TECHNICAL PAPERS: Gas Turbines: Cycle Innovations

Proposal and Analysis of a Novel Zero CO2 Emission Cycle With Liquid Natural Gas Cryogenic Exergy Utilization

[+] Author and Article Information
Na Zhang

 Institute of Engineering Thermophysics, Chinese Academy of Sciences, Beijing 100080, P. R. Chinazhangna@mail.etp.ac.cn

Noam Lior

Department of Mechanical Engineering and Applied Mechanics,  University of Pennsylvania, Philadelphia, PA 19104-6315

Precise determination of heat exchanger aresas requires their detailed design specification. The estimates here are very rough, based on the assumption that the heat exchangers are of the shell-and-tube type, and using average typical overall heat transfer coefficient values for these heat exchanger processes and fluids as found in the process heat transfer literature (28). Use of better heat exchangers, such as plate type, may reduce the required heat transfer area by as much as an order of magnitude.

J. Eng. Gas Turbines Power 128(1), 81-91 (May 20, 2004) (11 pages) doi:10.1115/1.2031228 History: Received November 13, 2003; Revised May 20, 2004

A novel liquefied natural gas (LNG) fueled power plant is proposed, which has virtually zero CO2 and other emissions and a high efficiency. Natural gas is fired in highly enriched oxygen and recycled CO2 flue gas. The plant operates in a quasi-combined cycle mode with a supercritical CO2 Rankine type cycle and a CO2 Brayton cycle, interconnected by the heat transfer process in the recuperation system. By coupling with the LNG evaporation system as the cycle cold sink, the cycle condensation process can be achieved at a temperature much lower than ambient, and high-pressure liquid CO2 ready for disposal can be withdrawn from the cycle without consuming additional power. Good use of the coldness exergy and internal exergy recovery produced a net energy and exergy efficiencies of a base-case cycle over 65% and 50%, respectively, which can be increased up to 68% and 54% when reheat is used. Cycle variants incorporating reheat, intercooling, and reheat+intercooling, as well as no use of LNG coldness, are also defined and analyzed for comparison. The approximate heat transfer area needed for the different cycle variants is also computed. Besides electricity and condensed CO2, the byproducts of the plant are H2O, liquid N2 and Ar.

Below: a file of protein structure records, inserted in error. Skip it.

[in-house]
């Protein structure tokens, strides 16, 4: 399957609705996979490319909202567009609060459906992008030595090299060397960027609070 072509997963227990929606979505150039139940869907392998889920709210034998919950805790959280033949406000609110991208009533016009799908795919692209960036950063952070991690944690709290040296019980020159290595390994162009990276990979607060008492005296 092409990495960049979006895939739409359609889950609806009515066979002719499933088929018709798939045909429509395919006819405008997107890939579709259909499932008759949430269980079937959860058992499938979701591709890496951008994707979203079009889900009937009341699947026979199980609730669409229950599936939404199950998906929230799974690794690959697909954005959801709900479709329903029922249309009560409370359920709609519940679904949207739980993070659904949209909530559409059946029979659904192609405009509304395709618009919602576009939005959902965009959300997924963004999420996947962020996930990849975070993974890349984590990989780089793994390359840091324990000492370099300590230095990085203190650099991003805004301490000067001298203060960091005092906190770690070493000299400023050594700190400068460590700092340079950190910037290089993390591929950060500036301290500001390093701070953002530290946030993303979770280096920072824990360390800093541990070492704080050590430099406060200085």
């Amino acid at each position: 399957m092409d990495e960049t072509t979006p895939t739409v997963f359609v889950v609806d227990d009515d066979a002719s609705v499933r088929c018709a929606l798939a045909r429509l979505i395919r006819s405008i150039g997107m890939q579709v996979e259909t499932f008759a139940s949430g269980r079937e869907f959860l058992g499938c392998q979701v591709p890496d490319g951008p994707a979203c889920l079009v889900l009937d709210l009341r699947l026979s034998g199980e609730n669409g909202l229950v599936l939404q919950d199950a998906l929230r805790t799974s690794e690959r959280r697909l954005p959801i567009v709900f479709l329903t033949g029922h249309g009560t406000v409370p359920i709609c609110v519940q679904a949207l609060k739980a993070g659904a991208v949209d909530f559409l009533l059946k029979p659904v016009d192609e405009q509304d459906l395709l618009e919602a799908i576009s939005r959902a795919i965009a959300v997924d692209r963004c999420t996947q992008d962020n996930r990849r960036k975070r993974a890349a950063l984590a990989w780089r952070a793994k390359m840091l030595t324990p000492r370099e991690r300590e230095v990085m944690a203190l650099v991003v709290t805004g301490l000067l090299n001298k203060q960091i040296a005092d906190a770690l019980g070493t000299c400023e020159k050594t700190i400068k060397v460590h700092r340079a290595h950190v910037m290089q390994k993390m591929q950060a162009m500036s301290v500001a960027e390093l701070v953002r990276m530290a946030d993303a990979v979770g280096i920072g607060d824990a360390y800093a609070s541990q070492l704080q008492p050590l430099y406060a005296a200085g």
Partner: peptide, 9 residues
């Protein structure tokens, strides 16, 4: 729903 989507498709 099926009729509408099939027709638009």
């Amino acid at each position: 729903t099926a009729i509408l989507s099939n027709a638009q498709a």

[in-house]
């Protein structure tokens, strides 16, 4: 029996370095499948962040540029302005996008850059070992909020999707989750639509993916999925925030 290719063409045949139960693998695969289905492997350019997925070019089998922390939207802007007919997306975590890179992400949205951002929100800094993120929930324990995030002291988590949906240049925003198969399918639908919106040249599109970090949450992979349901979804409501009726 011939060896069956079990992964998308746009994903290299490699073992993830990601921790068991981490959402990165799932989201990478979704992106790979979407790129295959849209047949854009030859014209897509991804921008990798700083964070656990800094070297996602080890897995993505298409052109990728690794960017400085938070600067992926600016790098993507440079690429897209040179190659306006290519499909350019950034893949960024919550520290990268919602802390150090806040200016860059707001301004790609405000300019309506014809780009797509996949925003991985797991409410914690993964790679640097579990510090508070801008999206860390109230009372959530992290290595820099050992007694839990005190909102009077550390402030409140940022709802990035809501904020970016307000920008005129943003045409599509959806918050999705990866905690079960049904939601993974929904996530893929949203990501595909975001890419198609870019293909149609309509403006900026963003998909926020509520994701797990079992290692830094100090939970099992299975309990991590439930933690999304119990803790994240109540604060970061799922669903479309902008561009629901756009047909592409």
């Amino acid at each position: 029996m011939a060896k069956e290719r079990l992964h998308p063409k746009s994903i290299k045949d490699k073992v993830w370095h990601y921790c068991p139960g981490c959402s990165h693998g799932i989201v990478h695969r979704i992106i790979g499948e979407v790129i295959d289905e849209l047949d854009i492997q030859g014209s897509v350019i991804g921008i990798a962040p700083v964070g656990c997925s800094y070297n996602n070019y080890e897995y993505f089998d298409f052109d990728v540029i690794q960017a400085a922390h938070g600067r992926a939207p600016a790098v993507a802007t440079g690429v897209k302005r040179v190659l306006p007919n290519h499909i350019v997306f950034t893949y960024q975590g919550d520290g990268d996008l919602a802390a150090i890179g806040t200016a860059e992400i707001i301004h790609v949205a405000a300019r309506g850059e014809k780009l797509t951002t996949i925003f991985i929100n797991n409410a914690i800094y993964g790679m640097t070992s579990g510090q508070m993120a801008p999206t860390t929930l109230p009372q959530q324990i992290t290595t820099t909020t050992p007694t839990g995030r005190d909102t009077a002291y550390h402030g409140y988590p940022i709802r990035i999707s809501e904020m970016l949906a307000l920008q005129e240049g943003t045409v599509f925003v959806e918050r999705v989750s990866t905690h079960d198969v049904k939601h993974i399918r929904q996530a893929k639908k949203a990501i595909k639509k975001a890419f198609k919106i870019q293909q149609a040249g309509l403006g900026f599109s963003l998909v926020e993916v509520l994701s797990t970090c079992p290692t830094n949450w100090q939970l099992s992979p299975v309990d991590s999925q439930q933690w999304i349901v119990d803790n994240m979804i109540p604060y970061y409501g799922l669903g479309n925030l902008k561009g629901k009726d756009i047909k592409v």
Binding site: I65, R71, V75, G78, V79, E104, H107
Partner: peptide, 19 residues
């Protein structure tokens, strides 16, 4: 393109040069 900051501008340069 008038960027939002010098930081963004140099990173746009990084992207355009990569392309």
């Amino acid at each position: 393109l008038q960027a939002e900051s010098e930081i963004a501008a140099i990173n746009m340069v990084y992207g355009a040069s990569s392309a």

Copyright © 2006 by American Society of Mechanical Engineers
Your Session has timed out. Please sign back in to continue.



Grahic Jump Location
Figure 1

CO2 cycle flow sheet

Grahic Jump Location
Figure 2

t-s diagram for CO2 cycle

Grahic Jump Location
Figure 3

t-Q diagram in CO2 recuperation system

Grahic Jump Location
Figure 4

t-Q diagram in LNG evaporation system

Grahic Jump Location
Figure 5

The exergy flow diagram for the base-case cycle

Grahic Jump Location
Figure 6

t-s diagram for CO2 cycle without LNG

Grahic Jump Location
Figure 7

t-s diagram for CO2 cycle with reheat

Grahic Jump Location
Figure 8

t-s diagram for CO2 cycle with intercooling

Grahic Jump Location
Figure 9

t-s diagram for CO2 cycle with intercooling and reheat

Grahic Jump Location
Figure 10

CO2 cycle flow sheet without LNG cold exergy utilization

Grahic Jump Location
Figure 11

CO2 cycle flow sheet with reheat and intercooling

Grahic Jump Location
Figure 12

The influence of Pm on thermal efficiency

Grahic Jump Location
Figure 13

The influence of Pm on exergy efficiency

Grahic Jump Location
Figure 14

The influence of Pm on specific power output




Some tools below are only available to our subscribers or users with an online account.

Related Content

Customize your page view by dragging and repositioning the boxes below.

Related Journal Articles
Related eBook Content
Topic Collections

Sorry! You do not have access to this content. For assistance or to subscribe, please contact us:

  • TELEPHONE: 1-800-843-2763 (Toll-free in the USA)
  • EMAIL: asmedigitalcollection@asme.org
Sign In